Out of curiosity of what the statistics may be:

Who is (was) officiating your wedding ceremony?
(A) A clergyperson (priest, minister, rabbi etc)
(B) A non-denominational officiant (judge, county clerk etc)
(C) A friend
(D) A family member

How did you pick your officiant and why?

Wednesday, August 18, 2010

Musical "Discussions"

Pre-wedding (obviously), the Pin Cushion spent some time searching the interwebs to find suggestions for less-than-traditional songs for our ceremony. What did I stumble upon but a Weddingbee post? Mrs. Peppermint's post from 3 years ago, "Non Traditional Ceremony Music", was a treasure trove of suggestions. People are still leaving comments and song choices 3 years later. Impressive, Mrs. Peppermint. Very impressive.

After a morning filled with heated musical debate, a few (not-too-willingly-made) compromises, and many many Youtube videos watched, we created our ceremony playlist. 

Here are the songs we chose to have playing while guests were being seated.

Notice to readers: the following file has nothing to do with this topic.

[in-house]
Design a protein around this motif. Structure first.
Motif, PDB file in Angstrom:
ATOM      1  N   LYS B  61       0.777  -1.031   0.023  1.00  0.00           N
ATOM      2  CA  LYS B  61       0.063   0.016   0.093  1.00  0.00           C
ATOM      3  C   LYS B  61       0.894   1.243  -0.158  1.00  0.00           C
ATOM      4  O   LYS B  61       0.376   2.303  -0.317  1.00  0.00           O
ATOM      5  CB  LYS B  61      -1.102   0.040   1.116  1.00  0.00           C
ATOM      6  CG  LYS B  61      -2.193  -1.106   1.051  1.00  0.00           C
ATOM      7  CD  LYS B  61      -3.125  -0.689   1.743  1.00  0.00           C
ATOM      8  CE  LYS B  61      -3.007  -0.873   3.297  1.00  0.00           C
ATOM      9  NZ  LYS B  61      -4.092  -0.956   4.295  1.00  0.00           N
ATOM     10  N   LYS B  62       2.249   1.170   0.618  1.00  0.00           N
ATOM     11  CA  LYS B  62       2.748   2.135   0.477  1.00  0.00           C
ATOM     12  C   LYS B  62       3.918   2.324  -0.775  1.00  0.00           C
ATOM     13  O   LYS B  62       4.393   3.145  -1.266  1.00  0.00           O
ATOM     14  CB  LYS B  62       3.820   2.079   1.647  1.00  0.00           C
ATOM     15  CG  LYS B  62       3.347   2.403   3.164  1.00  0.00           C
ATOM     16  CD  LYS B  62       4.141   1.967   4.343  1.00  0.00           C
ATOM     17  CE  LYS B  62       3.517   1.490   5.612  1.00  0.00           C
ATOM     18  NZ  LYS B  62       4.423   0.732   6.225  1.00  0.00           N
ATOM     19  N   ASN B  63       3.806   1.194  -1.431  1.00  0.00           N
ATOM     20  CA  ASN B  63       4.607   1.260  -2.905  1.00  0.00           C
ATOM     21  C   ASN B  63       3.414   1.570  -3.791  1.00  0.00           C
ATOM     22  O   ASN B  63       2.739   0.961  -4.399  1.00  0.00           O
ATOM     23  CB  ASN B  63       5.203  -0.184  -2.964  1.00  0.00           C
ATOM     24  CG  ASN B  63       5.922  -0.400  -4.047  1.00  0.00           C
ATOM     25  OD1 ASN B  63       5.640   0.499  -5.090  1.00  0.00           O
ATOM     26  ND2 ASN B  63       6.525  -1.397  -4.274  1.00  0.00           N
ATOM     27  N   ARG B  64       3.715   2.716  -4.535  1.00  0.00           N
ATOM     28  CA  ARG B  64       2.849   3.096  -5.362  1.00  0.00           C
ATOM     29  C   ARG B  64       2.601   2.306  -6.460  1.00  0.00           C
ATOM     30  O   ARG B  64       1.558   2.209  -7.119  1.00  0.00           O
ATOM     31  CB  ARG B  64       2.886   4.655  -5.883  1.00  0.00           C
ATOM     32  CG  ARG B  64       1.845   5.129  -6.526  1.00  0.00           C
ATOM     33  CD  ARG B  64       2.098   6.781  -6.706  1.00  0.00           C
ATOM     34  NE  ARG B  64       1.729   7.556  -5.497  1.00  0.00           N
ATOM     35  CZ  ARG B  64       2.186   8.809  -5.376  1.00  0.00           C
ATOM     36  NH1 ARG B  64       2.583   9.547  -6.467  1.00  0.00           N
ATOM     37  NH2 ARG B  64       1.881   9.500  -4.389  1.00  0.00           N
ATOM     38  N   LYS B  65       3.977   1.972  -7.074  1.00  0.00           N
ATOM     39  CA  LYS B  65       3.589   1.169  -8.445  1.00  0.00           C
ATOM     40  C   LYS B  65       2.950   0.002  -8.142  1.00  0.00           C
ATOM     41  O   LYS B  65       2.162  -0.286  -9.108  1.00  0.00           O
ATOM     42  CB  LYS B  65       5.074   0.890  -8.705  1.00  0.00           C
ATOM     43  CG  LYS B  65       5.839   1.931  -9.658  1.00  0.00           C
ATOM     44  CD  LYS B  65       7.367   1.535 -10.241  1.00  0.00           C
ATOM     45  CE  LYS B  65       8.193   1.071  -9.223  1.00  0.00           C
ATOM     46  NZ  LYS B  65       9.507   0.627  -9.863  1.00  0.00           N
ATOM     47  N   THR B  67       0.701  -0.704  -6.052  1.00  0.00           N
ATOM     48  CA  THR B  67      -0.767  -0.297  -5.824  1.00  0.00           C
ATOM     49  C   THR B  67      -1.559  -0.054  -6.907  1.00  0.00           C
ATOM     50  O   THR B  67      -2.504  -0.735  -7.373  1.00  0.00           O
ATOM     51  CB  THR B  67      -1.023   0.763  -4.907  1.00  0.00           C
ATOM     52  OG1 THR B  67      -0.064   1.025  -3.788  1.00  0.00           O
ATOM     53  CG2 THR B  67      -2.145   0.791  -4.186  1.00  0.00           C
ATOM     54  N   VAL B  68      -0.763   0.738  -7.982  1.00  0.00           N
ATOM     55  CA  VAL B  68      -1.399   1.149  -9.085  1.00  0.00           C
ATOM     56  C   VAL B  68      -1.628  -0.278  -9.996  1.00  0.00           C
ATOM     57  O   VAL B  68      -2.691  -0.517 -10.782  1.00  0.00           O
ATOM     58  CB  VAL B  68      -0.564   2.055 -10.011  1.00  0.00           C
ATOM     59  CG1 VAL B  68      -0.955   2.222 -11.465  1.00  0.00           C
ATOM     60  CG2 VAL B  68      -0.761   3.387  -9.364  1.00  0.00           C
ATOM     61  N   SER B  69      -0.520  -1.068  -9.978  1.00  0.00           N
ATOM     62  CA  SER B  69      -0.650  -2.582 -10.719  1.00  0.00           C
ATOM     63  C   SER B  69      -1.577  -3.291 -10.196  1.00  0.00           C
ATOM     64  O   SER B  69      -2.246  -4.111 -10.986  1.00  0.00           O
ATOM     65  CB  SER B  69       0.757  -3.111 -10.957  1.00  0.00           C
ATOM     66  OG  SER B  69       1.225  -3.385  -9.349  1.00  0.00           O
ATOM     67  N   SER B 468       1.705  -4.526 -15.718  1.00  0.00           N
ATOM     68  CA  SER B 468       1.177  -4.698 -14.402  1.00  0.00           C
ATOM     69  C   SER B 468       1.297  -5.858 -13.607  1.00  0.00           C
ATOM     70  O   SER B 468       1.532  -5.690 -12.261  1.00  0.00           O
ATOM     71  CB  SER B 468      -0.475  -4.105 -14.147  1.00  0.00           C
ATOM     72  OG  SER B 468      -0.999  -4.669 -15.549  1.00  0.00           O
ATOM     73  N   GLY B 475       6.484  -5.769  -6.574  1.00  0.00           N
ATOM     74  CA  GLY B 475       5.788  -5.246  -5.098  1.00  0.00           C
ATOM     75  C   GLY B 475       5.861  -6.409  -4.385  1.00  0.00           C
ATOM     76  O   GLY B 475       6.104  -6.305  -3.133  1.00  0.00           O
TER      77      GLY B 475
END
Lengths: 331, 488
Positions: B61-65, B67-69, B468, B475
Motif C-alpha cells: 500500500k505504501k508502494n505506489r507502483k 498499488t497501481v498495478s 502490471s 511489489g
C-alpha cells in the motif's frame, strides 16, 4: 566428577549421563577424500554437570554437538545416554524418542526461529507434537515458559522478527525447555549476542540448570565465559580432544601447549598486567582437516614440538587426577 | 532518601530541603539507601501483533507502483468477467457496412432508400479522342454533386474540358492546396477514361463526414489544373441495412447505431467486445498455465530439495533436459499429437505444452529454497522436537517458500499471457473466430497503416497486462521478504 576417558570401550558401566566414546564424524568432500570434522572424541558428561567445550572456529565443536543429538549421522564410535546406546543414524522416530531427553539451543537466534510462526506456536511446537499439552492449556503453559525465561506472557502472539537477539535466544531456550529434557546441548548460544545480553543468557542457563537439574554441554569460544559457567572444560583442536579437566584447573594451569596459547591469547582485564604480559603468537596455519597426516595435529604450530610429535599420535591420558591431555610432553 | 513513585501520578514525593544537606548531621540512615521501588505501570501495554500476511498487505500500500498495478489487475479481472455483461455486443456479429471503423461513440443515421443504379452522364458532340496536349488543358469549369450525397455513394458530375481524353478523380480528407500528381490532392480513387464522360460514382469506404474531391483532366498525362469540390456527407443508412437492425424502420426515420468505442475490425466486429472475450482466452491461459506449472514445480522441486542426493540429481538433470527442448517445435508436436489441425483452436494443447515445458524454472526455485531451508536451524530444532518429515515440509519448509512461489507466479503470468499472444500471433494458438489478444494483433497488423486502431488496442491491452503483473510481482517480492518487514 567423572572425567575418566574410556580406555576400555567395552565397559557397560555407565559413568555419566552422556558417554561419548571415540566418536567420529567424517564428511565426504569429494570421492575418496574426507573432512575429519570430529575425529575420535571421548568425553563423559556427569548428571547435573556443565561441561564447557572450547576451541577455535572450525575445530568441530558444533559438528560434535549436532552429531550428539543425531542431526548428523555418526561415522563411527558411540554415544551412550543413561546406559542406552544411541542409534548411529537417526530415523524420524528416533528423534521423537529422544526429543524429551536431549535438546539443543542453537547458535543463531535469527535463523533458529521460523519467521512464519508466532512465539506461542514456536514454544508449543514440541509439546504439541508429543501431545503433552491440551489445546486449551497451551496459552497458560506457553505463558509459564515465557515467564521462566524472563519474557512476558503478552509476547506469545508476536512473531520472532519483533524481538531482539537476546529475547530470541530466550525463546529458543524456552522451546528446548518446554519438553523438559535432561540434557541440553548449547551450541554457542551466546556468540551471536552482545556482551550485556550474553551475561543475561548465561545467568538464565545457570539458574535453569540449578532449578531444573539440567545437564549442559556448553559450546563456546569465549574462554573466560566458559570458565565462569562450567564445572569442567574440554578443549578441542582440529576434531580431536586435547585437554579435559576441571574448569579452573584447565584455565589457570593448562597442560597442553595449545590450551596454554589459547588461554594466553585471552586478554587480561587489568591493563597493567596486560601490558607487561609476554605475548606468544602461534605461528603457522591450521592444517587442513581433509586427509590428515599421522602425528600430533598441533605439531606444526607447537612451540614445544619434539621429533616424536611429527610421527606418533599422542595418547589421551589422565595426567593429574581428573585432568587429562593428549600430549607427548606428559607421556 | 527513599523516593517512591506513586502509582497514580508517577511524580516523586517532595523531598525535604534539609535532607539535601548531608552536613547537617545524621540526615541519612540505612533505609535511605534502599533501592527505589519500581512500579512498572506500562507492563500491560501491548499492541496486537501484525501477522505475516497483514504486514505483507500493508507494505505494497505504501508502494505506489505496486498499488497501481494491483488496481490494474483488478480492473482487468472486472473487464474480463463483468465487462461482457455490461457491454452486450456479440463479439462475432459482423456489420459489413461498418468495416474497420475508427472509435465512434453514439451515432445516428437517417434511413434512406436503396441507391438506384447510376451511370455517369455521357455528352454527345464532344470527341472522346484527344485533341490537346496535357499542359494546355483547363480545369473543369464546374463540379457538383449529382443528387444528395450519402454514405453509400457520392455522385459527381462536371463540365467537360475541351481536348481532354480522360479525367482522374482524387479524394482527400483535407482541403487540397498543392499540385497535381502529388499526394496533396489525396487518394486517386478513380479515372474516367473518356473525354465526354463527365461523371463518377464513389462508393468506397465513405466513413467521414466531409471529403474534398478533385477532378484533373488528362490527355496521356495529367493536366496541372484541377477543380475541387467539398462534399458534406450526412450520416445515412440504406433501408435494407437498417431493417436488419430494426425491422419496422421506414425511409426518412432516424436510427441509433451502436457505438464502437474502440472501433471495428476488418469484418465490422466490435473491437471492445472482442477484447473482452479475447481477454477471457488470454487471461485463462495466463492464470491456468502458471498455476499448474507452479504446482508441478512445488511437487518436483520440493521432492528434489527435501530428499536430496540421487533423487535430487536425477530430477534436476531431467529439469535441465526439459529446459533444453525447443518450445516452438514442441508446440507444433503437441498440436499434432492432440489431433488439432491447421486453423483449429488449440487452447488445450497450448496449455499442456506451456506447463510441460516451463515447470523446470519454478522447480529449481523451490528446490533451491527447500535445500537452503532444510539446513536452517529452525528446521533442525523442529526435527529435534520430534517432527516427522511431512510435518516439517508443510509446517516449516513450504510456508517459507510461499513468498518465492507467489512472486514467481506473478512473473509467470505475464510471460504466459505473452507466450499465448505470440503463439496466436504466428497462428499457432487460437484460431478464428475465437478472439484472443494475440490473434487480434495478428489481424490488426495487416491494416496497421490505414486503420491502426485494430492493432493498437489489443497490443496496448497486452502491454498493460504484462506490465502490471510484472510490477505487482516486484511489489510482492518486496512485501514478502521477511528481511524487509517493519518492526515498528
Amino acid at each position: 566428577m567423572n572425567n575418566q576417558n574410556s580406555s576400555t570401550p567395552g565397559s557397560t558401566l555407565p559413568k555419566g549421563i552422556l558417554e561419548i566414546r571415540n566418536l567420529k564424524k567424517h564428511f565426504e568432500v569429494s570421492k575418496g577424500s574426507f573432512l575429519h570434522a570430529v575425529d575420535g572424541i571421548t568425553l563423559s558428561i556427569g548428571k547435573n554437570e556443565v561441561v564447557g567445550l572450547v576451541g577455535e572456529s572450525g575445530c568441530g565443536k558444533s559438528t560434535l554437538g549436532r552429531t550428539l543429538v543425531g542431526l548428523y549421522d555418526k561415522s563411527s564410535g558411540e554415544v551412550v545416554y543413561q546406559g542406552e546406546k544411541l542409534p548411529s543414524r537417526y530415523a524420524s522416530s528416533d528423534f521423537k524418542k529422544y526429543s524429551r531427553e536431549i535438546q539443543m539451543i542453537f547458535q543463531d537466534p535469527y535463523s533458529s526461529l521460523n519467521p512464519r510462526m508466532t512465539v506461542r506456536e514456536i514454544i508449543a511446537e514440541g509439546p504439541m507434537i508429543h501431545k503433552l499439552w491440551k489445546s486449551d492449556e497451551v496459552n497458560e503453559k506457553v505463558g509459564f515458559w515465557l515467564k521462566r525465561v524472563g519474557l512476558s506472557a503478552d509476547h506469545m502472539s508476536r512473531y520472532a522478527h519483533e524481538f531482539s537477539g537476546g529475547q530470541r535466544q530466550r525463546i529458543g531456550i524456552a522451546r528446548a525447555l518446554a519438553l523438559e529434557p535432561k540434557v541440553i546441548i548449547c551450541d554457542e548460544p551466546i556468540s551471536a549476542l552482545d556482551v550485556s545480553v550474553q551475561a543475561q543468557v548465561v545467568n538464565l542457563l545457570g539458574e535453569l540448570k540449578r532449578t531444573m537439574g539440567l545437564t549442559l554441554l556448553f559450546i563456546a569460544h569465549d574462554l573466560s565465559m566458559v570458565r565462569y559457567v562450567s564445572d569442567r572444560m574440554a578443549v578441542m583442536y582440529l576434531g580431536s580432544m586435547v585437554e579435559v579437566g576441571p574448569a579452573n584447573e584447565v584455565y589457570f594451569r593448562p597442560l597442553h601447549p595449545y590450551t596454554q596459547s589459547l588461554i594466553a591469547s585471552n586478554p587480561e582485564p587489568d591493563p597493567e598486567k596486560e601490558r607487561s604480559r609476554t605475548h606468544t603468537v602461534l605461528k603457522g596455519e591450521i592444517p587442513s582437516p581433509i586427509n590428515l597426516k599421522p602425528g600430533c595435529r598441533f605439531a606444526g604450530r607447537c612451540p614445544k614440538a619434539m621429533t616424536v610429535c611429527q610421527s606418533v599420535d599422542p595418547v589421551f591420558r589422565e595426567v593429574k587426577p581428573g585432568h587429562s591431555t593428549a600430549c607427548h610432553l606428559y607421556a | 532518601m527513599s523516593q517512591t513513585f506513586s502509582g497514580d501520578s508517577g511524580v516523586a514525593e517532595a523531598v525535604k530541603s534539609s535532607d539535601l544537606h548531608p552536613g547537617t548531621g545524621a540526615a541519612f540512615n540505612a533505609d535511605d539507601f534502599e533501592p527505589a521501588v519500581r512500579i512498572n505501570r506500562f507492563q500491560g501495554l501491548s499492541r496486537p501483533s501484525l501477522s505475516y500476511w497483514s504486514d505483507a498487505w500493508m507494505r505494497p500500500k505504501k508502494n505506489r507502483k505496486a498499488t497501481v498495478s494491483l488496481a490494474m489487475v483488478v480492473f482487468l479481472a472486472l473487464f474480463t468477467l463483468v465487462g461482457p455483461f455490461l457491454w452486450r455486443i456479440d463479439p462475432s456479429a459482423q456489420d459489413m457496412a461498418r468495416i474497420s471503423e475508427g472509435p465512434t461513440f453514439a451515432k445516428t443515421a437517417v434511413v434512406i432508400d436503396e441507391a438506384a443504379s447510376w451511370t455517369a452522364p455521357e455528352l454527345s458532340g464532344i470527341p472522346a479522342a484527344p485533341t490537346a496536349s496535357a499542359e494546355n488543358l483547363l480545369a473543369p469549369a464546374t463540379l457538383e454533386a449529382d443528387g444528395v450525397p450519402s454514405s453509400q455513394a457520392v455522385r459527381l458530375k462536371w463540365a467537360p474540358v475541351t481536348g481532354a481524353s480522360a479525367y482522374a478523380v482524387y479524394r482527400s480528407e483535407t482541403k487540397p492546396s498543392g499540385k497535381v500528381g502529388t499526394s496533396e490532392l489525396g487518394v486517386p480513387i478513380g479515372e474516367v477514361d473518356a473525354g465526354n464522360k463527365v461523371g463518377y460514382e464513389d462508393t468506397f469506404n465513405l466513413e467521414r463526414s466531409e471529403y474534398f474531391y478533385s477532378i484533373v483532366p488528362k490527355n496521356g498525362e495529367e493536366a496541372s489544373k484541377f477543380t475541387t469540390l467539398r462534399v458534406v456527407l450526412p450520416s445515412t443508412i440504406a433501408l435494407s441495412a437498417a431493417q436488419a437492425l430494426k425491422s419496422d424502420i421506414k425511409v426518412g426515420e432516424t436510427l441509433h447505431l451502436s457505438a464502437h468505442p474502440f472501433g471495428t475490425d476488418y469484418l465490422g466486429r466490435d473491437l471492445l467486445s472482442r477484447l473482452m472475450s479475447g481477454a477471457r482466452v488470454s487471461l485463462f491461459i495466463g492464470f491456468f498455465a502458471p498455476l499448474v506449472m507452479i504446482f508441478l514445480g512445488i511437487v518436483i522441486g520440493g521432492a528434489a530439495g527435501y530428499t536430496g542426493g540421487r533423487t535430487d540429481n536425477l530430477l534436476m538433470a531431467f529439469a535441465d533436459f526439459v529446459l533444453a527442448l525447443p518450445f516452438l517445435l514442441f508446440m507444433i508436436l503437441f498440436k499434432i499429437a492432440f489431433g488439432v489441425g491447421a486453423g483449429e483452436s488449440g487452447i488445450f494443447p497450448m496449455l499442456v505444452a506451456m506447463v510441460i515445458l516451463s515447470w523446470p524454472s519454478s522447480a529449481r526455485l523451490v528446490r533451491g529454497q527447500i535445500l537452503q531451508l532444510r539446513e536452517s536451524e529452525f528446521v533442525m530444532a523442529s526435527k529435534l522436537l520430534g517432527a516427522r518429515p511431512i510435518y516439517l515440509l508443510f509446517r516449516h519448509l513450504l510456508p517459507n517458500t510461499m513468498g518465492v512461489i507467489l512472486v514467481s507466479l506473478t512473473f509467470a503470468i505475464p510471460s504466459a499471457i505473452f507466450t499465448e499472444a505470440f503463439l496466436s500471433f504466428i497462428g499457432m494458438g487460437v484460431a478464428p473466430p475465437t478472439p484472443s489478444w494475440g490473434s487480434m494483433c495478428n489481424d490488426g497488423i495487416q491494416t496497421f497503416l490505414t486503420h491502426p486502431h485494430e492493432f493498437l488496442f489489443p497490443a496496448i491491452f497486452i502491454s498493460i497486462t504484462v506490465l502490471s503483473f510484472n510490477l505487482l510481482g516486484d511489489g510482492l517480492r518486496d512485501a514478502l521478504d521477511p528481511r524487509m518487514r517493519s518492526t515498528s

"Going to the Chapel" by The Dixie Cups

"Love and Marriage" by Ol' Blue Eyes. My mom lovingly demanded we include this in our wedding. She recommended it as our first song. We declined. And yes, this is the opening song for "Married with Children." We brought nothin' but class to our wedding . . .

"When I'm 64" by The Beatles. This was a contender for my processional song (the mister's choice), but eventually lost the race to another song (though Mr. Pin Cushion argued his case strongly, even bringing up hanging chads and unethical polling practices [like the bride having veto privileges]).

"That's Amore" by Dean Martin. Another Mama Pin Cushion suggestion. Plus, it's a song about pizza. . . mmm . . .

"Happy Together" by The Turtles. I love this song. It's my go-to shower singing song.

"All You Need is Love" by The Beatles. Classic.

"You Send Me" by Sam Cooke. Another contender for my processional song (my choice).

We then had to figure out the processional songs for the wedding party and for me. Our "debate" and "discussions" might have veered into the "argument" category a few times at this point, but only momentarily. These were big decisions, and Mr. Pin Cushion and I had strong opinions, which it seems, neither of us wanted to do much compromising on!